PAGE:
Friday, August 12, 2016

How often?

One of the many 4UR veterans who are now still working in the industry or on the water is my good friend Drew.  Drew is a Wisconsin native who now guides for the Tight Lines outfit, a group of great Midwest boys who are fishy as hell and super keen on their smallmouths.

I had the good fortune to join Drew and a colleague for a spell in Pembine, Wisconsin, where the Tight Lines crew lives for the summer season.  The owner of the shop, Tim, falls into the description above and was especially excited for me to experience the great fishery they have at their doorstep.  I arrived late on a Wednesday to find the beer and whiskey flowing.  With an early wake-up approaching fast, several times we all contemplated the beds that awaited us.  Tim has a particularly good line of peer pressure that whisks away most reservations about another round, another story, another anything:  How often?  How often do I find myself in northeast Wisconsin with two of my best buds?  How often do I get to smallmouth fish on the Menominee with two of my best buds?  How often can I have one more beer in Wisconsin with two of my best buds? 

Not very often, is the answer to those questions.  I encourage you to employ such a quiz when confronted with decisions over one more beer or staying up a little later.  If the answer is 'pretty often', maybe you can find a way to phrase the question to get the answer you desire.

The mighty Menominee.
My prior experience with the smallmouth bass was largely in a couple ponds in the Camden-Rockport area, where Lefty Steele and I kept a canoe stashed in the woods when we were working at Maine Sport.  We found the fish agreeable to popper presentations there.  July in Wisconsin is topwater season for the smallies, and our bugs consisted of mostly the same, plus a local pattern known as Ol' Mr. Wiggly.  It's a quick tie that I plan to experiment for other species.  Perhaps you'll do the same.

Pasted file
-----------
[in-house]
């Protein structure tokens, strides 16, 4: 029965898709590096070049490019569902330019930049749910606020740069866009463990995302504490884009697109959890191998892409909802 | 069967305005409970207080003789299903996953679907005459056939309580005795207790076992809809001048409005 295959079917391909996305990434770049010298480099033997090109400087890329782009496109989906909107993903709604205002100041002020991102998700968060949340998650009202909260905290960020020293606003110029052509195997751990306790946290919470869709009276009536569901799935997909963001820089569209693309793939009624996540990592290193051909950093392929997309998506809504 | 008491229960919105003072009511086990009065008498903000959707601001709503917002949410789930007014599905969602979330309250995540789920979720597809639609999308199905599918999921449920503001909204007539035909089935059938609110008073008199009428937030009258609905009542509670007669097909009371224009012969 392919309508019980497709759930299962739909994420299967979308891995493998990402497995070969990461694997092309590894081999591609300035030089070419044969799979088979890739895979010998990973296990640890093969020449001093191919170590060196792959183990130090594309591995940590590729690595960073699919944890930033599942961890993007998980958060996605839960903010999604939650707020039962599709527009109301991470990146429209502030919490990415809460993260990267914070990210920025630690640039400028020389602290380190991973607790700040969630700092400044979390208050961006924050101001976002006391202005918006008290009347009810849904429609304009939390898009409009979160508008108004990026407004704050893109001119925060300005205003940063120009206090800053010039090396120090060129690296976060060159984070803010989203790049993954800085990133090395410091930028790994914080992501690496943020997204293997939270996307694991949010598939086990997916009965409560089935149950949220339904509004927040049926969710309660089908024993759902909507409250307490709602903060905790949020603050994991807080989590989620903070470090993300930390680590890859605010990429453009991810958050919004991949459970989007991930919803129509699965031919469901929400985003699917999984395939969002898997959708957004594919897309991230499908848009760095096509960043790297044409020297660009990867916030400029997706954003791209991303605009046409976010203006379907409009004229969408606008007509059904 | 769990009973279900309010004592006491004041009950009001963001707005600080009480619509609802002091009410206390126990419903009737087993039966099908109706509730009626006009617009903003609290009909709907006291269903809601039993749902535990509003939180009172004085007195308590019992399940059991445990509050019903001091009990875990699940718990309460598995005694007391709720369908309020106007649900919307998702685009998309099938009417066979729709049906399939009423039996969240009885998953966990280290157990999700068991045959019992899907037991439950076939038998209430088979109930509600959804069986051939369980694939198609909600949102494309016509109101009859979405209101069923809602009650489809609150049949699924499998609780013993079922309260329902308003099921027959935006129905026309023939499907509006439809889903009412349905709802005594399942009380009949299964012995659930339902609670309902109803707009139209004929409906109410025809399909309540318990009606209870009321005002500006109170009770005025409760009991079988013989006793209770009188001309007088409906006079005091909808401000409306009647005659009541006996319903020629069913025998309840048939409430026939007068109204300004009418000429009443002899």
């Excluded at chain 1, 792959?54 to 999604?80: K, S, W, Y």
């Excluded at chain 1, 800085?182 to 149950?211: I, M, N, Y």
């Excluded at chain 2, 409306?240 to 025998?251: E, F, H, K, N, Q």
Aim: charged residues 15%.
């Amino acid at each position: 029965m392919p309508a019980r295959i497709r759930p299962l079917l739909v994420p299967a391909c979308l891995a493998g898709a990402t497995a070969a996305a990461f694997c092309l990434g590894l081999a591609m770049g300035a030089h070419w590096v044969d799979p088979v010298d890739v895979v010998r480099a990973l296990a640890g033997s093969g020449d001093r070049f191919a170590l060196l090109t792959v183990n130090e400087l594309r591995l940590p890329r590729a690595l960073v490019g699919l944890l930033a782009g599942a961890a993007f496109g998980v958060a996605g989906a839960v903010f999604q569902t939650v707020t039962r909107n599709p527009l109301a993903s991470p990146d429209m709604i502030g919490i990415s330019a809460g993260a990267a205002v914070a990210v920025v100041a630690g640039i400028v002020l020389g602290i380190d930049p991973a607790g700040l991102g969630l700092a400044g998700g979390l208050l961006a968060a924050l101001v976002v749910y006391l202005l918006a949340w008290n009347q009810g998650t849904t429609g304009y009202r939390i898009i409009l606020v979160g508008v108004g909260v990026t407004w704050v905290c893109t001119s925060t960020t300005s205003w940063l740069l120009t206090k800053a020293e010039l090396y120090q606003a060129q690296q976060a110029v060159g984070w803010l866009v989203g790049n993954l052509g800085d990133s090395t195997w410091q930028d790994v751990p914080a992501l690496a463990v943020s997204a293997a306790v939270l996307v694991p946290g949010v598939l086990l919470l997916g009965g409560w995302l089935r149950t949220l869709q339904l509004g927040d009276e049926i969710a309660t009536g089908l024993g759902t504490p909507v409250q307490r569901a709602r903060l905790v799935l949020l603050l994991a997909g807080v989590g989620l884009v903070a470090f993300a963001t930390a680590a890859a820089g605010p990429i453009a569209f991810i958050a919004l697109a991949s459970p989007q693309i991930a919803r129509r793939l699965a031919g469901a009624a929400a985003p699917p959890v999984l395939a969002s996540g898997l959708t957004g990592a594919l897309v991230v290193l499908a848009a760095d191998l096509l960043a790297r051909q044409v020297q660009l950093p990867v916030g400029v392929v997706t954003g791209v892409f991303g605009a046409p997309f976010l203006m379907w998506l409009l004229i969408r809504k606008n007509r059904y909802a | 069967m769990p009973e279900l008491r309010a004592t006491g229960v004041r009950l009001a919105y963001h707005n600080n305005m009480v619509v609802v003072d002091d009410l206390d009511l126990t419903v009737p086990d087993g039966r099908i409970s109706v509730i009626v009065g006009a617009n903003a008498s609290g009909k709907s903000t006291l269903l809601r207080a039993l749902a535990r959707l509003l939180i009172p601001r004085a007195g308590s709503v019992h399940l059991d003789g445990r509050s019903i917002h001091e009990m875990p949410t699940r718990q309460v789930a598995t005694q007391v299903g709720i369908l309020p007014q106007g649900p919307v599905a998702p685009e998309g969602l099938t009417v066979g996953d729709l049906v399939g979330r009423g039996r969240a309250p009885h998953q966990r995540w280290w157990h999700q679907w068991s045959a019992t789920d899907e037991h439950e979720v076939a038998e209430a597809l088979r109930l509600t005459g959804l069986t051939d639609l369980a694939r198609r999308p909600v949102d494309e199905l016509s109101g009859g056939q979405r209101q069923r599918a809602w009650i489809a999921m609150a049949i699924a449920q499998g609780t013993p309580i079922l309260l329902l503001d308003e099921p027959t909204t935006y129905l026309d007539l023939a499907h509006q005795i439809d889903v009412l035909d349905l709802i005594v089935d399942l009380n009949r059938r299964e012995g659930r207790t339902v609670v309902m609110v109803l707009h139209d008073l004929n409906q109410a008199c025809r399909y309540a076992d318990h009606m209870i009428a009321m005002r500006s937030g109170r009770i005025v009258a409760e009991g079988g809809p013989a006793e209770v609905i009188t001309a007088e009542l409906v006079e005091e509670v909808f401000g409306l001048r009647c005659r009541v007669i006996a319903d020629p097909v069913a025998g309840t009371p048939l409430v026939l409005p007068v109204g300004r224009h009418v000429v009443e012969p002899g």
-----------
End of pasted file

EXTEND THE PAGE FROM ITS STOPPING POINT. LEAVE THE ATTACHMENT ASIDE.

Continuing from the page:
So we were to float various sections of the Menominee in Drew's Clacka.  On the first day, ten minutes in, Drew pointed out a particular spot below a dam where a back-eddy turned into a downstream flow.  I made my cast with a yellow popper and this fish ate it immediately:

19.5" to start the trip.  Great!
Same fish as above.  Looks bigger here, eh?
Different fish than above, but just a bit downstream.  Twenty minutes into the trip.

I forgot how much fun smallies are.  They pull like hell, corking out 8-weights, eat topwater bugs like the dickens and love that warm water.  For a summertime fish, they're pretty rad.  I'm looking into my smallmouth locals out here.

Top.  Water.
Mahoney Thumbs-Up of Approval.

More.  Top.  Water.

Ate it good.
One last story.  We had pretty damn good fishing, but like any place you go, it'll slow down from time to time.  From what I've gathered, the gear and bait guys can really clean up on this river.  Case in point, on our final morning, while waiting on Drew to finish running the shuttle, I watched as a party barge (the river is pretty wide and slow) made its way up the middle of the river and then cut its engine directly in front of the boat launch.  Now I've heard of 'take-out fish', but rarely do I hear of boat launches being a fishing spot that one might target, or seek out.  Nevertheless, the captain of this vessel thought it to be a fine spot.